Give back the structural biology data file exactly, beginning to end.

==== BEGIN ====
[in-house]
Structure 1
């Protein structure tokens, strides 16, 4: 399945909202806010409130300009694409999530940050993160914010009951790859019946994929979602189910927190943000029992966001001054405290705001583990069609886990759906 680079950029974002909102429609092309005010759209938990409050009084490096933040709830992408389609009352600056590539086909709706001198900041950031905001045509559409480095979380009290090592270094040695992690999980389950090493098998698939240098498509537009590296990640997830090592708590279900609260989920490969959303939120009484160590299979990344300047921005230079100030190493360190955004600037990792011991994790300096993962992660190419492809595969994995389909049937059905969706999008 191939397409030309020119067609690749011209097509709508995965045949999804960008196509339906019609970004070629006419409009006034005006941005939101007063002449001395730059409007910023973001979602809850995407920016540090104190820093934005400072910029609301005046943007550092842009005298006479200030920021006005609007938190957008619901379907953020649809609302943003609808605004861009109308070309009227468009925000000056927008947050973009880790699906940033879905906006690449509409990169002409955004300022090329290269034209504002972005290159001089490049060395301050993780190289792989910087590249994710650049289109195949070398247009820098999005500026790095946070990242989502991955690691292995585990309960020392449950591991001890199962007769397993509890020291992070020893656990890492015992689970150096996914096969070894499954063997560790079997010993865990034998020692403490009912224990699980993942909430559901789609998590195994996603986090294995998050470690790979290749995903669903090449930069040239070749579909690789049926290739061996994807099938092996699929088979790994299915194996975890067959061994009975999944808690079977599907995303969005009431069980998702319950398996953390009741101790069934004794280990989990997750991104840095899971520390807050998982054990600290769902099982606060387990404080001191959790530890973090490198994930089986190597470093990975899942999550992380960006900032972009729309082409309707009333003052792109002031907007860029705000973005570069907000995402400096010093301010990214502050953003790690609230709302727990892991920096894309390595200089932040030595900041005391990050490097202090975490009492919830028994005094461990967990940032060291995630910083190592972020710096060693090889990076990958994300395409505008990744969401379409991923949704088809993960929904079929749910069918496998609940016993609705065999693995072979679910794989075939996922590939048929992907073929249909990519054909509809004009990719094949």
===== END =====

[in-house]
Structure 1
């Protein structure tokens, strides 16, 4: 399945909202806010409130300009694409999530940050993160914010009951790859019946994929979602189910927190943000029992966001001054405290705001583990069609886990759906 680079950029974002909102429609092309005010759209938990409050009084490096933040709830992408389609009352600056590539086909709706001198900041950031905001045509559409480095979380009290090592270094040695992690999980389950090493098998698939240098498509537009590296990640997830090592708590279900609260989920490969959303939120009484160590299979990344300047921005230079100030190493360190955004600037990792011991994790300096993962992660190419492809595969994995389909049937059905969706999008 191939397409030309020119067609690749011209097509709508995965045949999804960008196509339906019609970004070629006419409009006034005006941005939101007063002449001395730059409007910023973001979602809850995407920016540090104190820093934005400072910029609301005046943007550092842009005298006479200030920021006005609007938190957008619901379907953020649809609302943003609808605004861009109308070309009227468009925000000056927008947050973009880790699906940033879905906006690449509409990169002409955004300022090329290269034209504002972005290159001089490049060395301050993780190289792989910087590249994710650049289109195949070398247009820098999005500026790095946070990242989502991955690691292995585990309960020392449950591991001890199962007769397993509890020291992070020893656990890492015992689970150096996914096969070894499954063997560790079997010993865990034998020692403490009912224990699980993942909430559901789609998590195994996603986090294995998050470690790979290749995903669903090449930069040239070749579909690789049926290739061996994807099938092996699929088979790994299915194996975890067959061994009975999944808690079977599907995303969005009431069980998702319950398996953390009741101790069934004794280990989990997750991104840095899971520390807050998982054990600290769902099982606060387990404080001191959790530890973090490198994930089986190597470093990975899942999550992380960006900032972009729309082409309707009333003052792109002031907007860029705000973005570069907000995402400096010093301010990214502050953003790690609230709302727990892991920096894309390595200089932040030595900041005391990050490097202090975490009492919830028994005094461990967990940032060291995630910083190592972020710096060693090889990076990958994300395409505008990744969401379409991923949704088809993960929904079929749910069918496998609940016993609705065999693995072979679910794989075939996922590939048929992907073929249909990519054909509809004009990719094949």